What is Mysticism?

The Practice of Seeking a Personal Connection with God

Mysticism and meditation

by Rev. Andrew Shykofsky

In this article, I will attempt to clearly address the question; what is mysticism. I officially stepped onto the Mystical Path in 2004 after 20 years as a spiritual seeker. One of the Master Teachers I was working with in the early years taught the difference between being a seeker and a finder. It resonated. I had been a perpetual seeker.

A seeker keeps looking, always searching for that elusive solution to their spiritual questions and qualms in life. Being a seeker is a positive thing until perpetual seeking becomes one’s spirituality. The ‘forever seeker’ never seems to truly find a path and thus growth for them is slow.

A finder eventually settles on a spiritual path, or community or teacher and starts doing real spiritual work. For me, I became a finder when I found Christian Mysticism. I would say I always wanted to be a finder but in 20 years of seeking (prior to finding mysticism in 2004) I never quite felt certain in what I had found.

Mysticism changed all that. To be honest, when I found Christian Mysticism, I was secretly irritated that it was in fact Christian. I really didn’t like that part but the teachings were so compelling, I put aside my opinions and biases to see where it all would lead. Nine years later I was ordained a Christian Priest!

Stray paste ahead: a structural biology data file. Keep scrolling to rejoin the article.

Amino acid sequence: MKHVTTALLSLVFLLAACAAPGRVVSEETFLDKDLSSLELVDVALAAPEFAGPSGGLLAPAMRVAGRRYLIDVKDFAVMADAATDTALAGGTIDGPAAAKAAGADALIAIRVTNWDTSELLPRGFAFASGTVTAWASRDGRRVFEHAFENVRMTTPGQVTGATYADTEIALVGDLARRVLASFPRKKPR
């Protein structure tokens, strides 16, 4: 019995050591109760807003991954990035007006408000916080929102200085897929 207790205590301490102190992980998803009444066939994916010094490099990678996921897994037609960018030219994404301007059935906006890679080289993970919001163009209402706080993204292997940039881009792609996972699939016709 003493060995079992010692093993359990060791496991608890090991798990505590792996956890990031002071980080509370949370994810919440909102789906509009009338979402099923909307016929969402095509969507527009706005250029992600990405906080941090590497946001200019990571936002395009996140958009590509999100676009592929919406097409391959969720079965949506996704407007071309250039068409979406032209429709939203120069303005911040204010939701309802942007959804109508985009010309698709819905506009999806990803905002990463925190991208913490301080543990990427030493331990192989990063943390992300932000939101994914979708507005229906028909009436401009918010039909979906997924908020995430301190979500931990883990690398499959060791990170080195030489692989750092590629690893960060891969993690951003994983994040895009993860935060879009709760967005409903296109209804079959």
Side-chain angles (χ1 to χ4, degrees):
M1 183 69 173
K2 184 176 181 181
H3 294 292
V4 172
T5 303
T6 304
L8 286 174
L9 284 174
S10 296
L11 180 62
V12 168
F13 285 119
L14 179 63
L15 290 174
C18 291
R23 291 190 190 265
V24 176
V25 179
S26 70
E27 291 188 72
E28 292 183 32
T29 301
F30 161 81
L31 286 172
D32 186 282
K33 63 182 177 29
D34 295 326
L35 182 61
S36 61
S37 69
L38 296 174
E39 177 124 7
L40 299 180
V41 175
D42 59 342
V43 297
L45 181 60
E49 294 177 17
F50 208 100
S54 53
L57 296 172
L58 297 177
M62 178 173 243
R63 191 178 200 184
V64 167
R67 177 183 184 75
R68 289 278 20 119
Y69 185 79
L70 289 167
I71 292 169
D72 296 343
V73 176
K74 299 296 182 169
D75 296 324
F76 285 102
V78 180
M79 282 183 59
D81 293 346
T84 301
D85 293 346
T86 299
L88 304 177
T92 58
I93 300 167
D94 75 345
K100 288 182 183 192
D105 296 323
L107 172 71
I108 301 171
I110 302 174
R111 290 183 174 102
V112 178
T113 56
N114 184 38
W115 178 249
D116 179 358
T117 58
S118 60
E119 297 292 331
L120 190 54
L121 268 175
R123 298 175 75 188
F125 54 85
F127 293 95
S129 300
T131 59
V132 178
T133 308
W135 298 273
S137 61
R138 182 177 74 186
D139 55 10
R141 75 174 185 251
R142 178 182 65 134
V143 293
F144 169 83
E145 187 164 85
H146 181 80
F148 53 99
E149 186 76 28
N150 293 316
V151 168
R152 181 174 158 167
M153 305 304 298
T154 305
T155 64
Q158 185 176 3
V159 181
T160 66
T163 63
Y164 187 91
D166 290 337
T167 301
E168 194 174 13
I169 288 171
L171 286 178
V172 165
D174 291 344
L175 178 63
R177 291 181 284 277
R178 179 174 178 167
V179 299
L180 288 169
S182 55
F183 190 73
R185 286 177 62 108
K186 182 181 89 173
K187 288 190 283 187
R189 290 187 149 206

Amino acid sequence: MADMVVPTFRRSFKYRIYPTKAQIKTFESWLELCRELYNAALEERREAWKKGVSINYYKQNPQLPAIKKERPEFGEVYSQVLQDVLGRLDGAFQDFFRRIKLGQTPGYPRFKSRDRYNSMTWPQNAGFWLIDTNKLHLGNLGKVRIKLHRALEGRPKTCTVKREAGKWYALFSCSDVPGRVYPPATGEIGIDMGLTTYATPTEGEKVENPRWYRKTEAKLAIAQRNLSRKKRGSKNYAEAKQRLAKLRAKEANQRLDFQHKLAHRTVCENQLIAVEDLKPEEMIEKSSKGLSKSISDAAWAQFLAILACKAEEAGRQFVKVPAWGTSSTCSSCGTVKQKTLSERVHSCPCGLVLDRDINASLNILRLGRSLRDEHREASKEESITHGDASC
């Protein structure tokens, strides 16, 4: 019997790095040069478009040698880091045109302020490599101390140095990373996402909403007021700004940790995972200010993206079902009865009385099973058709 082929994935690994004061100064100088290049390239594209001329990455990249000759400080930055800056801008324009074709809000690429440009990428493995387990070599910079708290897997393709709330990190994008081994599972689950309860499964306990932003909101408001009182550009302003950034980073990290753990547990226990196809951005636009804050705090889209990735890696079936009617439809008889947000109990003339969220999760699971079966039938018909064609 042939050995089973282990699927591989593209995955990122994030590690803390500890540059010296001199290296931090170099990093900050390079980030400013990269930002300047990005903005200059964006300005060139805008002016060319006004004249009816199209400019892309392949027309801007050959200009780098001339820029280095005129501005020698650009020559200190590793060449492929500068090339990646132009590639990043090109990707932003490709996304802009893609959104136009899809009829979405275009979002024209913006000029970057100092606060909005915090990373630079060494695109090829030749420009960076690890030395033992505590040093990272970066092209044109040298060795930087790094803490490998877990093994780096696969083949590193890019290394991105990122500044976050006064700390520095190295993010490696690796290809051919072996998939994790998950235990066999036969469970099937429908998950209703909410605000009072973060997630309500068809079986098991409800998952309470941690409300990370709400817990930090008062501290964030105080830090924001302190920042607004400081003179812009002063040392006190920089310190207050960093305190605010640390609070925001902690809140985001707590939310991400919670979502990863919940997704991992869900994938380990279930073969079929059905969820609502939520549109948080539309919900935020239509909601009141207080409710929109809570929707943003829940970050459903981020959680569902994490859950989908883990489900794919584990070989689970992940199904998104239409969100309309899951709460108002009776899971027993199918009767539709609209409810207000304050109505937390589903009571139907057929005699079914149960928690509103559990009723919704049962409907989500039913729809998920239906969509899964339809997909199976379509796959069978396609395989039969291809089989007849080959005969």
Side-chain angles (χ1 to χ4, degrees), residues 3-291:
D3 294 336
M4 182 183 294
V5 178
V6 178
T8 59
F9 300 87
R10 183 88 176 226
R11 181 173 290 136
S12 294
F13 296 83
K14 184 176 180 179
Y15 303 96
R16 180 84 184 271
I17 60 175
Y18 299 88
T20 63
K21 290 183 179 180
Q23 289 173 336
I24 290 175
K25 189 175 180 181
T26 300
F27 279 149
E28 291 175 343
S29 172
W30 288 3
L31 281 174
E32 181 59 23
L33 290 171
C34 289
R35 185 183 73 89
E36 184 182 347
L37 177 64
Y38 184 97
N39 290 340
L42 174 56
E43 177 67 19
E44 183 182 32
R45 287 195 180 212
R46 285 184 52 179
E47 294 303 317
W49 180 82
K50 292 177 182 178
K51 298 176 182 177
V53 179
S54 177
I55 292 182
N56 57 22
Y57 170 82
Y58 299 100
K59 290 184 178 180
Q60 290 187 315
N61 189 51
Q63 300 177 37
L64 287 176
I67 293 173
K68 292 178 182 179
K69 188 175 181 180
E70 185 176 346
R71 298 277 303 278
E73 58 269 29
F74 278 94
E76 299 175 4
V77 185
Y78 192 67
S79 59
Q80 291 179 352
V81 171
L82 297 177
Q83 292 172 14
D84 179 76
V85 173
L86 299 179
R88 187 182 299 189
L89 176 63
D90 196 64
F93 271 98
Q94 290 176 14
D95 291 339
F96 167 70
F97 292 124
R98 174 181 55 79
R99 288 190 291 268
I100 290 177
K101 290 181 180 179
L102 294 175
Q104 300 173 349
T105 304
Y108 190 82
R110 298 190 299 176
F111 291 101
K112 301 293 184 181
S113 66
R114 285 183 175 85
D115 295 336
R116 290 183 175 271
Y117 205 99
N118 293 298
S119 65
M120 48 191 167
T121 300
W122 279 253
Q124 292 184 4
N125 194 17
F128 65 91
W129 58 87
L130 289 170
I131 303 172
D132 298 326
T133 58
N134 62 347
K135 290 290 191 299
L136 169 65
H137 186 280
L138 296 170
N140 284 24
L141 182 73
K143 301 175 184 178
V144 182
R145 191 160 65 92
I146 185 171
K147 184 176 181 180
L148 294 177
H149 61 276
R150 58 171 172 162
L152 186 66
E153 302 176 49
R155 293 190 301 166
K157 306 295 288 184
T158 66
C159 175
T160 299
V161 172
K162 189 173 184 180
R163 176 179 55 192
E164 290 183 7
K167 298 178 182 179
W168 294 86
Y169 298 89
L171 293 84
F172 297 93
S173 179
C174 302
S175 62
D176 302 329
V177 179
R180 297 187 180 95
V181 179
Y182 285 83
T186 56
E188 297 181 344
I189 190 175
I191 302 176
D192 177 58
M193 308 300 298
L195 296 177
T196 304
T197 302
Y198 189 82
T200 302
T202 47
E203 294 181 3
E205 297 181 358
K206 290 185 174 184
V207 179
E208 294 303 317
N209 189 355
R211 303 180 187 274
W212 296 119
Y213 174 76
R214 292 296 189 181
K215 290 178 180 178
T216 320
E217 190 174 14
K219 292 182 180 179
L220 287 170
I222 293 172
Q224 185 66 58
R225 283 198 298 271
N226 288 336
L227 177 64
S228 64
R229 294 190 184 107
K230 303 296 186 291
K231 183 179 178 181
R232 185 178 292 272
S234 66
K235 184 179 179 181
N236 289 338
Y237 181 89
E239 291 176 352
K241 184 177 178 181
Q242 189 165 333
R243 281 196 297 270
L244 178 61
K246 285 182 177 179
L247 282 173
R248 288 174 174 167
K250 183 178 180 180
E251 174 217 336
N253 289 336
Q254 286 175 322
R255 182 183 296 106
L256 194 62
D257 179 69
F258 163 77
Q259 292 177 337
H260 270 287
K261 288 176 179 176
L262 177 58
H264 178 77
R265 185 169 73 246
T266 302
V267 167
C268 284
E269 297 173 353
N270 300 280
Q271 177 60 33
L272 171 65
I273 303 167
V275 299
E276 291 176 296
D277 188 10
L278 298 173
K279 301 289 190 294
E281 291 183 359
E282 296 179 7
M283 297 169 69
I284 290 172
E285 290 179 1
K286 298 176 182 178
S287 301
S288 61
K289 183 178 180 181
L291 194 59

What is mysticism

Over the many years as a mystic, I have gotten clearer on exactly what IS mysticism and unfortunately many websites I have reviewed about mysticism fail to grasp what it is. However, to be fair unless one pursues the mystical path, it is almost impossible to write accurately about the topic.

Mysticism above all is about experience. It is really not possible to write accurately about something you haven’t experienced, at least when it comes to spiritual stuff. Generally you’ll find that at the foundation of a mystic’s life is a consistent meditation practice. This is because spiritual experiences predominantly occur within.

Yes, it is possible to have outer experiences like strange coincidences that defy explanation, visitations from spirits, hearing auditory voices or seeing things that seem impossible. For the most part, mystics speak of their spiritual experiences as inner, meaning they occur within the realm of the individuals meditation practice. As you can imagine, this makes the very experiences hard to validate or test in any kind of scientific manner.

Someone interested in mysticism is a soul seeking truth. In Christian Mysticism, the way to find that truth is to follow The Way that Jesus spoke about through the Gospels. Those four books of the New Testament are essentially the perfect manual for the modern day mystic. The challenge is unlocking the secret meaning contained in the stories, the parables and the direct teachings of Jesus. For this, one needs a teacher and a meditation practice.

The secrets or in our case, the Christian Mysteries become revealed to each person from the Self. The Self (also referred to as the God Self, or the Christ) exists within every human soul. While hard to define (hence the reason that mysticism is about experience), the Self is the pure essence of God that lives at the center of our beings.

Being a mystic means you want to get there. You want to go beyond saying you believe in God to a place of knowing without a doubt that this place called Self is the pure Presence of the Almighty Creator. We as souls seek out this inner destination through following the mystical path. And if you find good Teachers, and if you follow the practices given to you with devotion and patience, you will come to realize the existence of the Self.

So, having said all that, let me clarify; mysticism is the set of practices and beliefs which lead a soul to the Presence of God that exists within them.